• Diet tip: Eat an Easter egg before each meal….it will take the edge off your appetite, and that way you will eat less.
  • If you get melted chocolate all over your hands, you are eating it too slowly.
  • If calories are an issue, store them on the top of the fridge. Calories are afraid of heights, and will jump out of the chocolate to protect themselves.
  • Chocolate has many preservatives. Preservatives make you look younger.

No matter how you celebrate, this time of year is a reminder that life is a constant process of love, hope and renewal, especially needed in these turbulent, uncertain times. “No Charge for Love” is a perfect Easter story, familiar to some of you, but worth repeating.

Good Samaritan Oliver Townsend had rescued a neglected mother dog and her litter of pups, and determined to find a good home for all of the pups. He posted a sign advertising, “Pups for sale to forever homes,” but weeks passed and no good prospects appeared. Late on Easter Sunday, he was outside trimming some bushes when he realized that he was being watched by a young boy. “Sir,” the boy said, “I would like to buy one of your puppies. My mom says it’s okay, and I have a little money from my Easter basket.” He reached deep into his pocket and pulled out a couple crumpled bills and some change, and held them out. “Could I take a look at them?” Mr. Townsend shook his head, thinking that this would not be the right match. “You know, son, the mother of these pups was in bad shape, and I have spent a lot of money nursing her back to health, and caring for her babies.”

The boy looked directly into the man’s face. “I would take really good care of the pup, and if I don’t have enough money, maybe I could mow your lawn or something. Couldn’t I just take a look at them?”

The man put down his clippers, and let out a whistle, “Here, Dolly,” he called. From the front porch ran Dolly, followed by three little balls of fur. As the dogs came closer, the boy’s eyes sparkled with delight. Suddenly he noticed something else was stirring on the porch. Slowly, another, noticeably smaller pup, appeared, and in a somewhat awkward way, tried to catch up with his siblings.

“I want that one,” the boy said. “I will work for you until he is paid for.” Townsend knelt down at the boy’s side and said, “Son, you don’t want that puppy. I love him dearly, but he will never be able to run and play with you like these other dogs would.”

The boy repeated softly, “I want that one.” He reached down and pulled up one leg of his jeans, revealing a brace running down both sides of his leg, attaching itself to a specially made shoe. “You see, sir, I don’t run too well myself, and he will need someone who understands.”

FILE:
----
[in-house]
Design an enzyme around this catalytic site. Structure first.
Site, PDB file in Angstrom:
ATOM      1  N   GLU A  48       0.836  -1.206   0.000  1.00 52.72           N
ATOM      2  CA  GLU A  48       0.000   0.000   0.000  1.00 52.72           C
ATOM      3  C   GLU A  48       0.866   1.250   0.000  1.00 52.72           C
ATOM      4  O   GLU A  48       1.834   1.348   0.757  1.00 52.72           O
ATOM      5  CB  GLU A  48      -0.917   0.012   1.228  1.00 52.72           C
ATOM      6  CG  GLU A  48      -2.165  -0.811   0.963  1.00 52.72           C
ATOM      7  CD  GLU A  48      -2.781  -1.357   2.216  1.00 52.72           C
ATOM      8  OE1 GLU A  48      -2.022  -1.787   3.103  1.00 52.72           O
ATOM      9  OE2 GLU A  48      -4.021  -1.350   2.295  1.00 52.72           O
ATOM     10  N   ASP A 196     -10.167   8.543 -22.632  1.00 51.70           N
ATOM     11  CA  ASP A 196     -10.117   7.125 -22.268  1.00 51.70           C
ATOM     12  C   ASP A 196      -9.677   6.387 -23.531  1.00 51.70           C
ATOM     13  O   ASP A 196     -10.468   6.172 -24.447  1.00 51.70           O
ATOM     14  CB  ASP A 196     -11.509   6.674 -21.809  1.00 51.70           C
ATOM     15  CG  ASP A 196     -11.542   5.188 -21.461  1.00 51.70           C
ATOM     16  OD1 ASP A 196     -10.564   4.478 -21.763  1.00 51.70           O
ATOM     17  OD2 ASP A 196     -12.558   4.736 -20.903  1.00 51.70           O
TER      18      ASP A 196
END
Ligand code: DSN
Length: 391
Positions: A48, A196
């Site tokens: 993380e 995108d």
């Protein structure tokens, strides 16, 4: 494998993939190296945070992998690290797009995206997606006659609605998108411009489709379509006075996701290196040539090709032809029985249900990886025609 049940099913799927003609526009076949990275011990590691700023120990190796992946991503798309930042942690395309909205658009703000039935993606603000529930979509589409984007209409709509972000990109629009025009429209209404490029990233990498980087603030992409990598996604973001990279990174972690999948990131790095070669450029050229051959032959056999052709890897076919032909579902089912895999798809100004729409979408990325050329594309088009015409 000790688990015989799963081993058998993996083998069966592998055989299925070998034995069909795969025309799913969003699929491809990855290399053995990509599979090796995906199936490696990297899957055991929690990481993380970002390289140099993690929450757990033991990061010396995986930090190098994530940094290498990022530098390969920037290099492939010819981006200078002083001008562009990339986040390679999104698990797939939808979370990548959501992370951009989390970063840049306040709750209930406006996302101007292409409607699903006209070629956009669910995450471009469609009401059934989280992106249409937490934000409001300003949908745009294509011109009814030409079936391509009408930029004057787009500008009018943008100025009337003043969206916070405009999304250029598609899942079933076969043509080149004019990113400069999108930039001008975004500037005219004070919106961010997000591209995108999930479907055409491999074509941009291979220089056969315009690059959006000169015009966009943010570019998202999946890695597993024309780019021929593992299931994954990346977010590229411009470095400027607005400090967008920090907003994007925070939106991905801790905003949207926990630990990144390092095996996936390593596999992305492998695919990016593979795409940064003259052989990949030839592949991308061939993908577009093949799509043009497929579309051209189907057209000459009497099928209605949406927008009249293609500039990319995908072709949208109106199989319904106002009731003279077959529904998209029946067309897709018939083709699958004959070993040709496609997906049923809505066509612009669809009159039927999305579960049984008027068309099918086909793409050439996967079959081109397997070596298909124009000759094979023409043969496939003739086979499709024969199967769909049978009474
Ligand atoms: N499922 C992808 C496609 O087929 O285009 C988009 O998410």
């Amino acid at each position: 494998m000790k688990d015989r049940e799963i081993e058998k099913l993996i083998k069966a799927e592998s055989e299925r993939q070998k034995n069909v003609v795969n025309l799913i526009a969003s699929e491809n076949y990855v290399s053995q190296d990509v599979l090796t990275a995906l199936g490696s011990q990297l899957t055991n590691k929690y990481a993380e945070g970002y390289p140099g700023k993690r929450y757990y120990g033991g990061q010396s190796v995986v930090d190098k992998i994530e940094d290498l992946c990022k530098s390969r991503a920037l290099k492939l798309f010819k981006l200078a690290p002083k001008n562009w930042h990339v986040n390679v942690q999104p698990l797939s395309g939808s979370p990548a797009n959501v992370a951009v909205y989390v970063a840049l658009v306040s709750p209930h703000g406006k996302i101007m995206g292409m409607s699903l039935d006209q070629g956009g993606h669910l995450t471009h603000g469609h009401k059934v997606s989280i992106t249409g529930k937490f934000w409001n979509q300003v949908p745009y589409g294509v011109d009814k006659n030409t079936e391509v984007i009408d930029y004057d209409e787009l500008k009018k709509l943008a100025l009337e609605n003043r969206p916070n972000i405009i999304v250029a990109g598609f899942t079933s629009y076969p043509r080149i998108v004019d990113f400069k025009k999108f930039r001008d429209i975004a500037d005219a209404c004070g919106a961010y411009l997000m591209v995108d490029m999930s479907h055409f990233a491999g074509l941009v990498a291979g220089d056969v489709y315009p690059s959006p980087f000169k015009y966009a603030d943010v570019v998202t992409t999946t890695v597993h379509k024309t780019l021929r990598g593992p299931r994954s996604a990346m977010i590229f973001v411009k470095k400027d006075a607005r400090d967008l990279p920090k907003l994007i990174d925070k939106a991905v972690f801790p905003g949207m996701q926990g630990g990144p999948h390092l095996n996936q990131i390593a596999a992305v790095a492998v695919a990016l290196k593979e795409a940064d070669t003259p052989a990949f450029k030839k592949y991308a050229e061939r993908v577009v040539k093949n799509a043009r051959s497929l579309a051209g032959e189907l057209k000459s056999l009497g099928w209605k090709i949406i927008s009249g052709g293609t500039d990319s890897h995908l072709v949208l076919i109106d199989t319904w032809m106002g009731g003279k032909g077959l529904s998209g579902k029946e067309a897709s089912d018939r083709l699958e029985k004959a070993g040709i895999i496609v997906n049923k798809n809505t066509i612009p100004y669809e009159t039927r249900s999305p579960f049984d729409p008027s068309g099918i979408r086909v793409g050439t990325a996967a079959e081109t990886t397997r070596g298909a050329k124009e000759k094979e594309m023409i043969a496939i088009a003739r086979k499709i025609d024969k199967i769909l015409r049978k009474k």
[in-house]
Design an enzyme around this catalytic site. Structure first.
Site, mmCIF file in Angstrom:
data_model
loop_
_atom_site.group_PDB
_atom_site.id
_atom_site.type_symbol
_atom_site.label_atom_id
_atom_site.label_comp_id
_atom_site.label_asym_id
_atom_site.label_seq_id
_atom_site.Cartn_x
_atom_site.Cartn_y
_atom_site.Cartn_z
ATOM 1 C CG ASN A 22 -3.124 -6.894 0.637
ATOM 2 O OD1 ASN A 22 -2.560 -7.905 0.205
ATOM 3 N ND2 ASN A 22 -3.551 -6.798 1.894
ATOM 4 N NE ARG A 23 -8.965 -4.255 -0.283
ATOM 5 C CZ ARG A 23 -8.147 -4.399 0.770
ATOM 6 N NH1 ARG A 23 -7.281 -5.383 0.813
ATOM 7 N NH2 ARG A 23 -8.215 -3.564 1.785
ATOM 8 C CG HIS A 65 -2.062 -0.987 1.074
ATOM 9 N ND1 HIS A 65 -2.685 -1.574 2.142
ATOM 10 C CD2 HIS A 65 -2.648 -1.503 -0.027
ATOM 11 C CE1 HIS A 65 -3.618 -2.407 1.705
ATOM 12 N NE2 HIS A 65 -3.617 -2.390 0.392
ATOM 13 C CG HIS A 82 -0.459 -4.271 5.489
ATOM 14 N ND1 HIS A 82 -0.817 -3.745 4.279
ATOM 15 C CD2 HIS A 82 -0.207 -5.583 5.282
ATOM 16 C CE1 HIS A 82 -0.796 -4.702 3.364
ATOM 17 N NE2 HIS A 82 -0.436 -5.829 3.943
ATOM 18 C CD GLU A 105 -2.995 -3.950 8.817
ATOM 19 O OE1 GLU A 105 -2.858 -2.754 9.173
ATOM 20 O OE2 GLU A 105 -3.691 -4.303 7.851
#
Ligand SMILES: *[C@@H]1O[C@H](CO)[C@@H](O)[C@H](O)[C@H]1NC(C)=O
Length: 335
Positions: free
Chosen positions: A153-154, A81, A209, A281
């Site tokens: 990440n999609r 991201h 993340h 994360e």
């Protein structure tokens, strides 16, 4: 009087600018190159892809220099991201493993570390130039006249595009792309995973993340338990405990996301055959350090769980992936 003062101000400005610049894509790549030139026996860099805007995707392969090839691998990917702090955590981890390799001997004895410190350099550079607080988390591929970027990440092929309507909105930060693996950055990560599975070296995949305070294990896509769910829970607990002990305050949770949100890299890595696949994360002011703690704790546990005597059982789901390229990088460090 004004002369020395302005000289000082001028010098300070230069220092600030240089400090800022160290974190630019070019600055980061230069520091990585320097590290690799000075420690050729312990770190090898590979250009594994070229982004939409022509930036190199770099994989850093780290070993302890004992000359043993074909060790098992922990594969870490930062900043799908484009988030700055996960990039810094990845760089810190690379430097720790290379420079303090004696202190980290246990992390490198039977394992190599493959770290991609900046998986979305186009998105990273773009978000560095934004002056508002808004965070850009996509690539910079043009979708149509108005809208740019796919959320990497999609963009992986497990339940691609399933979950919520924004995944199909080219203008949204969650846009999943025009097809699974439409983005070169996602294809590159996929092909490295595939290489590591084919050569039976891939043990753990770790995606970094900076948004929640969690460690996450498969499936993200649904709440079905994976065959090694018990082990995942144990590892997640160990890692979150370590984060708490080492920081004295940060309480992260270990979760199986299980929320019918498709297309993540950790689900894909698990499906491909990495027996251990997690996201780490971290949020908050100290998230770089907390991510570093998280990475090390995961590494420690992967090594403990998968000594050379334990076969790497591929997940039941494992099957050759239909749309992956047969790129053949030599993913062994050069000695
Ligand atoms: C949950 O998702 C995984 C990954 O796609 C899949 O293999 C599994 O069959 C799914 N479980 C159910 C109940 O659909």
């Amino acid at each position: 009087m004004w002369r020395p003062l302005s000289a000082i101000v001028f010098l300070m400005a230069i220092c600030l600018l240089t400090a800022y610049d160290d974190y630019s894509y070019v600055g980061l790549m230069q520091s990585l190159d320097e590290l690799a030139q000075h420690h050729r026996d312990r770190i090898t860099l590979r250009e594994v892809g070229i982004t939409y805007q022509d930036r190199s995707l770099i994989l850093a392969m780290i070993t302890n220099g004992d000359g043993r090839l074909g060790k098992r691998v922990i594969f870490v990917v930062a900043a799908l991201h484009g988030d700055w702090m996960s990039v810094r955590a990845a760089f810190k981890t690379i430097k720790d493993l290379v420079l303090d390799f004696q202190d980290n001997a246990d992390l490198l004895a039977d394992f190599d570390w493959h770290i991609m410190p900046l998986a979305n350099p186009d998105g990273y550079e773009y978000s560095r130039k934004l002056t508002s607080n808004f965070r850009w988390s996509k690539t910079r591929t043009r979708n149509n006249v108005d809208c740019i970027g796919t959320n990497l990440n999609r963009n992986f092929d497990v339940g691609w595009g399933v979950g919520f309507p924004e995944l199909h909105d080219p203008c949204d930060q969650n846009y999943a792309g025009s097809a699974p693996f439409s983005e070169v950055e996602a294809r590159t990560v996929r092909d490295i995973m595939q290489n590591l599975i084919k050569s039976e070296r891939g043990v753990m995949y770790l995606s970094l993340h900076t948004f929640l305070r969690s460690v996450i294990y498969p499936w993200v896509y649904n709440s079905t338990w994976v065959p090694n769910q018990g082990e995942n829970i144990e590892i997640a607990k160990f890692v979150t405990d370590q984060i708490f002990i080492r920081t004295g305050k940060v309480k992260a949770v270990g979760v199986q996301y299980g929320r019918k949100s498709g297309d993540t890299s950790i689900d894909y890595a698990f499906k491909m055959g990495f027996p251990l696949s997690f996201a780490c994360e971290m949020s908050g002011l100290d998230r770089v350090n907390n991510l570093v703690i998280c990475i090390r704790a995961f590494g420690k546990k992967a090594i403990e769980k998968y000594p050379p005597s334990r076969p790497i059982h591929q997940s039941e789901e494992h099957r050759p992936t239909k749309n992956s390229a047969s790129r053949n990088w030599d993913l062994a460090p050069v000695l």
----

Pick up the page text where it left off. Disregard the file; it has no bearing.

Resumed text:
Oliver carefully picked up the little pup, and gently placed him in the boy’s arms. “How much?” asked the youngster. With tears in his eyes, the man answered, “No charge – there is no charge for love.”

May your life be filled with hope, joy, and gentle, wise, wonderful, kind love, today, and all year long.

 

 

An Easter Lesson

Easter is a special, holy day, and this story by Chris…no last name given. And I can’t even verify its accuracy…. but it illustrates how sometimes a simple experience teaches us lessons we need to know:

I want to tell you about an Easter event that changed my life many years ago. It reminds me that things are not always what they seem and that angels come in many packages. As our custom, my wife and I donned our new Easter finery and went to Sunrise Service, an uplifting celebration of the resurrection of Christ. Our new young minster read Scriptures on the Resurrection and a passage on faith, hope and love, with the emphasis on love. He spoke of the Lord’s sacrificial love to mankind, and then posed a direct question: “What do YOU do in appreciation of that love?” I felt he was speaking directly to me as he paraphrased William Penn’s admonition, “You will pass through this world but once. Any good therefore that you can do, or any kindness or love that you can show, do it NOW… Don’t defer or neglect it…You may not pass this way again.”

Trying to put the message out of my mind, I suggested to my wife that we stop on our way home at a local convenience store to get coffee. Carefully juggling the coffees (and a couple rolls), I got back into our car, but before I started it, we both noticed a man standing in front of the building. His clothes were tattered and worn. In fact he was tattered and worn and it appeared that he had gone in and gotten himself something warm to drink, since it was a chilly morning. My wife remarked that he probably didn’t have enough money to get anything to eat…probably true, but the world was filled with unfortunate people, probably primarily because of their lack of motivation.